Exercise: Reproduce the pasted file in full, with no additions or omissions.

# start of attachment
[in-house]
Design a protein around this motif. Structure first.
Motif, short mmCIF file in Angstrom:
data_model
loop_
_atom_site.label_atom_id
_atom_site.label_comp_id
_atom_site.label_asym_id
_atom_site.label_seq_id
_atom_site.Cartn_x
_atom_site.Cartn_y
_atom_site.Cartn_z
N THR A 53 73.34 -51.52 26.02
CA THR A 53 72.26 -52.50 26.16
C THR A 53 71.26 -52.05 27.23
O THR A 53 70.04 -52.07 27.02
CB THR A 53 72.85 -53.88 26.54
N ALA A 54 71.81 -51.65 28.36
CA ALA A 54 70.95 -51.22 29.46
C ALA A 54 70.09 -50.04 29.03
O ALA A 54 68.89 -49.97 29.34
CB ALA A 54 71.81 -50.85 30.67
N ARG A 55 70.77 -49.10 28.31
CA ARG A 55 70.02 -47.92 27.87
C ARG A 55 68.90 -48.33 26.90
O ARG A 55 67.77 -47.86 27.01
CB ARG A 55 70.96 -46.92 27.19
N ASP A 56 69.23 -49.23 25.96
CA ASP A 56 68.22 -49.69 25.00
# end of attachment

[in-house]
Design a protein around this motif. Structure first.
Motif, short mmCIF file in Angstrom:
data_model
loop_
_atom_site.label_atom_id
_atom_site.label_comp_id
_atom_site.label_asym_id
_atom_site.label_seq_id
_atom_site.Cartn_x
_atom_site.Cartn_y
_atom_site.Cartn_z
N THR A 53 73.34 -51.52 26.02
CA THR A 53 72.26 -52.50 26.16
C THR A 53 71.26 -52.05 27.23
O THR A 53 70.04 -52.07 27.02
CB THR A 53 72.85 -53.88 26.54
N ALA A 54 71.81 -51.65 28.36
CA ALA A 54 70.95 -51.22 29.46
C ALA A 54 70.09 -50.04 29.03
O ALA A 54 68.89 -49.97 29.34
CB ALA A 54 71.81 -50.85 30.67
N ARG A 55 70.77 -49.10 28.31
CA ARG A 55 70.02 -47.92 27.87
C ARG A 55 68.90 -48.33 26.90
O ARG A 55 67.77 -47.86 27.01
CB ARG A 55 70.96 -46.92 27.19
N ASP A 56 69.23 -49.23 25.96
CA ASP A 56 68.22 -49.69 25.00